HDInsight: Analysing Twitter Hashtags using Hive

Hive implements MapReduce using HiveQL. The built-in capabilities of HiveQL abstracts the implementation of mappers and reducers with a simple yet powerful SQL like query language. To demonstrate the inbuilt capabilities of HiveQL, I will be analysing hashtags from a twitter feed on Azure HDInsight platform.

Login to Azure with your subscription.

Locate your HDInsight cluster and click Manage Cluster (Screen Capture 1) to bring up the Hive page.

Screen Capture 1 –HDInsight Cluster

I am using data from Twitter archive which can be downloaded by following these instructions. This archive contains all your tweets from day one and information about each tweet which will help to determine the structure of Hive table.

From the Hive page, execute the following DDL statement to create a Hive database and table (Screen Capture 2)

CREATE DATABASE IF NOT EXISTS twitter LOCATION '/hive/warehouse';
CREATE TABLE IF NOT EXISTS twitter.tweets(
 tweet_id BIGINT,
 in_reply_to_status_id BIGINT,
 in_reply_to_user_id INT,
 status_timestamp TIMESTAMP,
 source STRING,
 text STRING,
 retweeted_status_id BIGINT,
 retweeted_status_user_id INT,
 retweeted_status_timestamp TIMESTAMP,
 expanded_urls STRING)
ROW FORMAT DELIMITED
FIELDS TERMINATED BY '\t';

Screen Capture 2 – Hive DDL

Convert the tweets.csv to a tab separated text file and remove the header row. Copy the text file to Azure Storage using Azure Storage Explorer. Check the user guide of Azure Storage Explorer if you need help to upload the file.

Once the data file is uploaded to Azure Storage, load the data into Hive table using this statement (Screen Capture 3)

Screen Capture 3 – Load Data to Hive

 

LOAD DATA INPATH '/tweets_formatted.txt' INTO TABLE twitter.tweets;

Now execute the following Hive DML Statement.

SELECT text, word FROM twitter.tweets
LATERAL VIEW explode(split(text,' ')) text_ex as word;

The explode() is a Hive built-in User Defined Table-Generating Function (UDTF) that breaks down a array into its elements. In this case the tweet gets broken into words. The LATERAL VIEW joins the output of explode() to the input row (tweet) creating a result set that contains n rows (words) for each tweet as shown below

Tweet Output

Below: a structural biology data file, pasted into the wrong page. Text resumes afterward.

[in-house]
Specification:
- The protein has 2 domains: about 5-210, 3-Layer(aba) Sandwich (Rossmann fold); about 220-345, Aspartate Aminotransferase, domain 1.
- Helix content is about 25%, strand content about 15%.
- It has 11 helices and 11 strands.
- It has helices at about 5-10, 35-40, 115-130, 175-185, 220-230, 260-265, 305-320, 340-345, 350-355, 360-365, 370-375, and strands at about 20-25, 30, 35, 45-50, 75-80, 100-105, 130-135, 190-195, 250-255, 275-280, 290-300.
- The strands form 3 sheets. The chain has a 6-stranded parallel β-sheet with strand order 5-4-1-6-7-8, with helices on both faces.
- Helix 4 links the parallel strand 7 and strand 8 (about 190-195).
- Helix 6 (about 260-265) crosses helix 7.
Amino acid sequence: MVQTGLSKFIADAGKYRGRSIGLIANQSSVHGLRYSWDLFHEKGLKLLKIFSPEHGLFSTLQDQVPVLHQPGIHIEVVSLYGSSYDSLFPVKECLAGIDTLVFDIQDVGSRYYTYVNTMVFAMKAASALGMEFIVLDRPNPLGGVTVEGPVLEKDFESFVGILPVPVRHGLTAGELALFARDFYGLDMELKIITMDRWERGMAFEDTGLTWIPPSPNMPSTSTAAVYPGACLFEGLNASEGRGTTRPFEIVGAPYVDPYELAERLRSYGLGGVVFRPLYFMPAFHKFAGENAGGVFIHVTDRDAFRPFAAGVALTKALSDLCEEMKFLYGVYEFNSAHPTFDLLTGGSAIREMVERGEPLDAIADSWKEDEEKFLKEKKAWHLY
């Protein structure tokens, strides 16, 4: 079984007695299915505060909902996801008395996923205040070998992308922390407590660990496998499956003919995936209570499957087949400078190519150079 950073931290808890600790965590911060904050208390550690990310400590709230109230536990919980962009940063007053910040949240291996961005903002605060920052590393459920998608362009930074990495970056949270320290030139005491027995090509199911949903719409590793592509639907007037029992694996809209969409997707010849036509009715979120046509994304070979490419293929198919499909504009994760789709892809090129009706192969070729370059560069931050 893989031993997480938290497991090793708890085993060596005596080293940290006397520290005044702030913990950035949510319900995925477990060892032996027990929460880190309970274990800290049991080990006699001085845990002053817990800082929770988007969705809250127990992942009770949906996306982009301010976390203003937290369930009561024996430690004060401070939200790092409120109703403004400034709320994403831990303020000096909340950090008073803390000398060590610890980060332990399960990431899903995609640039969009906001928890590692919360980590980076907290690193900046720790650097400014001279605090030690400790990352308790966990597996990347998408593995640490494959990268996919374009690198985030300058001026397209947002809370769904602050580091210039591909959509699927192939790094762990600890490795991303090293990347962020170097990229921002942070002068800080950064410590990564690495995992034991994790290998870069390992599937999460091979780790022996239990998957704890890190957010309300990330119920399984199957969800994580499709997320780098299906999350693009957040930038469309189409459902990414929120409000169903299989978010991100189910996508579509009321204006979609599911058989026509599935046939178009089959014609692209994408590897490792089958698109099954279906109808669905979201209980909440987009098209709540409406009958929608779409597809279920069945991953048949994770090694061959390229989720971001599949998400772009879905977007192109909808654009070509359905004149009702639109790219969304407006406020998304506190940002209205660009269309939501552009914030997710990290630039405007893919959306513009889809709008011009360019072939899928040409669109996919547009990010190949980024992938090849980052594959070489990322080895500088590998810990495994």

Working with #Hive in #HDInsight http://t.co/YseuEuD2yf #BigData Working
Working with #Hive in #HDInsight http://t.co/YseuEuD2yf #BigData with
Working with #Hive in #HDInsight http://t.co/YseuEuD2yf #BigData #Hive
Working with #Hive in #HDInsight http://t.co/YseuEuD2yf #BigData in
Working with #Hive in #HDInsight http://t.co/YseuEuD2yf #BigData #HDInsight
Working with #Hive in #HDInsight http://t.co/YseuEuD2yf #BigData http://t.co/YseuEuD2yf
Working with #Hive in #HDInsight http://t.co/YseuEuD2yf #BigData #BigData
SSIS: Creating Dynamic Data-driven SSAS Partitions http://t.co/dmC9RdnZ1H #SSIS #SSAS SSIS:
SSIS: Creating Dynamic Data-driven SSAS Partitions http://t.co/dmC9RdnZ1H #SSIS #SSAS Creating
SSIS: Creating Dynamic Data-driven SSAS Partitions http://t.co/dmC9RdnZ1H #SSIS #SSAS Dynamic
SSIS: Creating Dynamic Data-driven SSAS Partitions http://t.co/dmC9RdnZ1H #SSIS #SSAS Data-driven
SSIS: Creating Dynamic Data-driven SSAS Partitions http://t.co/dmC9RdnZ1H #SSIS #SSAS SSAS
SSIS: Creating Dynamic Data-driven SSAS Partitions http://t.co/dmC9RdnZ1H #SSIS #SSAS Partitions
SSIS: Creating Dynamic Data-driven SSAS Partitions http://t.co/dmC9RdnZ1H #SSIS #SSAS http://t.co/dmC9RdnZ1H
SSIS: Creating Dynamic Data-driven SSAS Partitions http://t.co/dmC9RdnZ1H #SSIS #SSAS #SSIS
SSIS: Creating Dynamic Data-driven SSAS Partitions http://t.co/dmC9RdnZ1H #SSIS #SSAS #SSAS

This gives us a result set where the #hashtags can be easily filtered from all other words and aggregated to give a simple statistics about the commonly used #hashtags.

SELECT word, count(1) as wcount FROM twitter.tweets
 LATERAL VIEW explode(split(text,' ')) text_ex as word
WHERE word LIKE '#%'
 GROUP BY word
 ORDER BY wcount DESC LIMIT 5;

The output would be something like this

#SSAS 85
#MDX 72
#SSIS 61
#Hive 15
#HDInsight 8

This simple example illustrates the capabilities of in-built Hive statements for common analytical tasks which could be accomplished without the need to write custom mappers and reducers.

 

Related Links

 

Working with Hive in HDInsight

HiveQL

Azure Storage Explorer

Upload data using Azure Storage Explorer

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